France unveils plans to get rid of all ‘foreign-trained, extremist imams’

ALL radical, foreign-trained imams in France will be replaced with more secular Muslim leaders trained within the country, in an effort to stop radicalisation in mosques, it has been announced.

The creation of a Foundation for Islam has become the government’s top priority after more than 80 people were killed during the Jihadist attacks in Nice and Saint-Etienne-du-Rouvray this summer.

France’s interior minister Bernard Cazeneuve said yesterday that the government’s aim is to shape “an Islam deeply rooted in the values of the Republic”.

The new Islamic foundation in France – home to four million Muslims – will be under the chairmanship of former defence minister, Jean-Pierre Chevènement, and will act as a “bridge between the French state and the country’s Muslims”, said the interior minister.

One branch of the foundation, which will be run by tolerant religious figures, will work on the financing of mosques.

The second will encourage cultural projects and help finance imam training.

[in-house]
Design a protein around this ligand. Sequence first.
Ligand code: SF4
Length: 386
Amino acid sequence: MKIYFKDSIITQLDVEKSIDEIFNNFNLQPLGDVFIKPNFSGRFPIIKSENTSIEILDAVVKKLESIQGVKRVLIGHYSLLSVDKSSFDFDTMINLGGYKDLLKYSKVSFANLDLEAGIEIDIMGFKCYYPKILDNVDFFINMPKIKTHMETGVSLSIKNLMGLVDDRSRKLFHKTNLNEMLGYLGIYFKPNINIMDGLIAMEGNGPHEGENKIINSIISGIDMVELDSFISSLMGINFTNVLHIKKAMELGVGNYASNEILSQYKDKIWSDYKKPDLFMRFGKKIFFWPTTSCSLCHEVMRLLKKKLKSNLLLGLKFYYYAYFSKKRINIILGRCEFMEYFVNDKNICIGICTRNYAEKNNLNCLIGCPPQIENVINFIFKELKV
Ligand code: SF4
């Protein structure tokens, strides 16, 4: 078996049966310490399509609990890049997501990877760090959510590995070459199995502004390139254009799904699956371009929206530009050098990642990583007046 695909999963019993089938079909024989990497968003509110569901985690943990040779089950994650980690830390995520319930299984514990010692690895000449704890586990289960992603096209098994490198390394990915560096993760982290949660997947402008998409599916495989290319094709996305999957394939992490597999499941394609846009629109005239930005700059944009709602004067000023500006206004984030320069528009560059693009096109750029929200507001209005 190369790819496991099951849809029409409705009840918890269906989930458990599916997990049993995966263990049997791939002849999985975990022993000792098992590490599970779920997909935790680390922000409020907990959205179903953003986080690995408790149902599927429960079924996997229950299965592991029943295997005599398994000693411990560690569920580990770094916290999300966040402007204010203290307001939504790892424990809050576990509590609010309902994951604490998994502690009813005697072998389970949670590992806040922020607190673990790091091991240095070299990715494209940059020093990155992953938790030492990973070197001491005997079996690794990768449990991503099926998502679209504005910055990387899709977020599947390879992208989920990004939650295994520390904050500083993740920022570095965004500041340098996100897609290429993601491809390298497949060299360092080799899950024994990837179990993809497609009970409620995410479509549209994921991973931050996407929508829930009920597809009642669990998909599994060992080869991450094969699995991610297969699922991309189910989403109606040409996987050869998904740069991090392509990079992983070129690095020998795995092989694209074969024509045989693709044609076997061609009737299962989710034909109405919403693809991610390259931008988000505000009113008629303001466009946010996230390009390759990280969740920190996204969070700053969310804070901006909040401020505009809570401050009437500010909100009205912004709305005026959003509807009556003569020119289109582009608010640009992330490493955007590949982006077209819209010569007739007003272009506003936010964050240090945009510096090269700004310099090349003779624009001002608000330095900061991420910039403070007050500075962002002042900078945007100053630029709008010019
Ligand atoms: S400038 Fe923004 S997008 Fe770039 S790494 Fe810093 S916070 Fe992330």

Between 1,600 and 1,800 imams are currently based in France, but most have been trained abroad.

An agreement regarding the training of imams between France and several Muslim countries including Morocco, Algeria and Turkey, is already in place: these countries regularly loan France their imams.

All foreign-trained imams will be replaced with imams trained in France.

Following the string of terror attacks on French soil, the government has had to face up to the fact that some imams were, in fact, extremists, and radicalising their followers.

To combat the rise in extremist Muslim preachers, more than 80 imams have been deported since 2012, but this alone is not enough.

Yesterday, Bernard Cazeneuve announced his decision to replace “all foreign-trained imams with imams trained in France”.

According to the interior minister, the French State can no longer accept that the majority of its imams are being trained in theological institutions based abroad, and one of the Foundation for Islam’s priorities will be to help standardise and centralise imam training.

Mr Cazeneuve also said he wanted to give university students – and imams – the option to study ‘Islamology’, a “strictly secular” course which would cover a wide range of topics including Arab literature, and the history of the Muslim faith.

Source: The Express |

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